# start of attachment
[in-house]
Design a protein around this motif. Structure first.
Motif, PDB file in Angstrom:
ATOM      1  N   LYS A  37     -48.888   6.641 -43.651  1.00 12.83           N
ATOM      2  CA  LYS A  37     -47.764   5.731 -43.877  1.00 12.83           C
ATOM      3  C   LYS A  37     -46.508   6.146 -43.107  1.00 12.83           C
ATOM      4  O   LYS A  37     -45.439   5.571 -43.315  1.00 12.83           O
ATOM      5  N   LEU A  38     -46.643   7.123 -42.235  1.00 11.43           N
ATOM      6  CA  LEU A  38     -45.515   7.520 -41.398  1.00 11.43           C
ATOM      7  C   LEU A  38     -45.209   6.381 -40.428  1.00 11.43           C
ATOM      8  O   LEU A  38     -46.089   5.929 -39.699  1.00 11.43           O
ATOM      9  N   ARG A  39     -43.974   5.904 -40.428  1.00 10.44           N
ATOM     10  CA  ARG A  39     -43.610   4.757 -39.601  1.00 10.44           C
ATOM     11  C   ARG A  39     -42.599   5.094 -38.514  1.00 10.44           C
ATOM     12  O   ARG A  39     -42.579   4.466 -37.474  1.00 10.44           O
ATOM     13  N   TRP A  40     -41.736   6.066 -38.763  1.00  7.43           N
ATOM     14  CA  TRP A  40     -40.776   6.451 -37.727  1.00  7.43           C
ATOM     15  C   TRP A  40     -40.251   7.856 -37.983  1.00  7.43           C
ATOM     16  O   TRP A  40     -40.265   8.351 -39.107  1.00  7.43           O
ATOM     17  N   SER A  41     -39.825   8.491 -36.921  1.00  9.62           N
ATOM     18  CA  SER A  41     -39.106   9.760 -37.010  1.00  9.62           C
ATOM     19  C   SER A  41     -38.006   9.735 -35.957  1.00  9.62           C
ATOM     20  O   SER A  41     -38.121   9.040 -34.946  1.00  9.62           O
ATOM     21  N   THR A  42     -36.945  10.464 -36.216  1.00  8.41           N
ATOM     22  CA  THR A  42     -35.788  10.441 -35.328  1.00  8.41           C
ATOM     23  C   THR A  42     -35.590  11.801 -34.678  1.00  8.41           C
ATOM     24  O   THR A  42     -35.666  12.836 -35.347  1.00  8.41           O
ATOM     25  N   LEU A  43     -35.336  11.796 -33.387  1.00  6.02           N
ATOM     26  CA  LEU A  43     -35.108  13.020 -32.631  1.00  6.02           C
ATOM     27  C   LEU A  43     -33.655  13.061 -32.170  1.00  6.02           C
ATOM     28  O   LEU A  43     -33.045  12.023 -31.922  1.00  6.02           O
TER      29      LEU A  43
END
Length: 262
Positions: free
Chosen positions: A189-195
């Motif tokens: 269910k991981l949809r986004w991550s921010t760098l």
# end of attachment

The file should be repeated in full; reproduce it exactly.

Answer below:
[in-house]
Design a protein around this motif. Structure first.
Motif, PDB file in Angstrom:
ATOM      1  N   LYS A  37     -48.888   6.641 -43.651  1.00 12.83           N
ATOM      2  CA  LYS A  37     -47.764   5.731 -43.877  1.00 12.83           C
ATOM      3  C   LYS A  37     -46.508   6.146 -43.107  1.00 12.83           C
ATOM      4  O   LYS A  37     -45.439   5.571 -43.315  1.00 12.83           O
ATOM      5  N   LEU A  38     -46.643   7.123 -42.235  1.00 11.43           N
ATOM      6  CA  LEU A  38     -45.515   7.520 -41.398  1.00 11.43           C
ATOM      7  C   LEU A  38     -45.209   6.381 -40.428  1.00 11.43           C
ATOM      8  O   LEU A  38     -46.089   5.929 -39.699  1.00 11.43           O
ATOM      9  N   ARG A  39     -43.974   5.904 -40.428  1.00 10.44           N
ATOM     10  CA  ARG A  39     -43.610   4.757 -39.601  1.00 10.44           C
ATOM     11  C   ARG A  39     -42.599   5.094 -38.514  1.00 10.44           C
ATOM     12  O   ARG A  39     -42.579   4.466 -37.474  1.00 10.44           O
ATOM     13  N   TRP A  40     -41.736   6.066 -38.763  1.00  7.43           N
ATOM     14  CA  TRP A  40     -40.776   6.451 -37.727  1.00  7.43           C
ATOM     15  C   TRP A  40     -40.251   7.856 -37.983  1.00  7.43           C
ATOM     16  O   TRP A  40     -40.265   8.351 -39.107  1.00  7.43           O
ATOM     17  N   SER A  41     -39.825   8.491 -36.921  1.00  9.62           N
ATOM     18  CA  SER A  41     -39.106   9.760 -37.010  1.00  9.62           C
ATOM     19  C   SER A  41     -38.006   9.735 -35.957  1.00  9.62           C
ATOM     20  O   SER A  41     -38.121   9.040 -34.946  1.00  9.62           O
ATOM     21  N   THR A  42     -36.945  10.464 -36.216  1.00  8.41           N
ATOM     22  CA  THR A  42     -35.788  10.441 -35.328  1.00  8.41           C
ATOM     23  C   THR A  42     -35.590  11.801 -34.678  1.00  8.41           C
ATOM     24  O   THR A  42     -35.666  12.836 -35.347  1.00  8.41           O
ATOM     25  N   LEU A  43     -35.336  11.796 -33.387  1.00  6.02           N
ATOM     26  CA  LEU A  43     -35.108  13.020 -32.631  1.00  6.02           C
ATOM     27  C   LEU A  43     -33.655  13.061 -32.170  1.00  6.02           C
ATOM     28  O   LEU A  43     -33.045  12.023 -31.922  1.00  6.02           O
TER      29      LEU A  43
END
Length: 262
Positions: free
Chosen positions: A189-195
């Motif tokens: 269910k991981l949809r986004w991550s921010t760098l």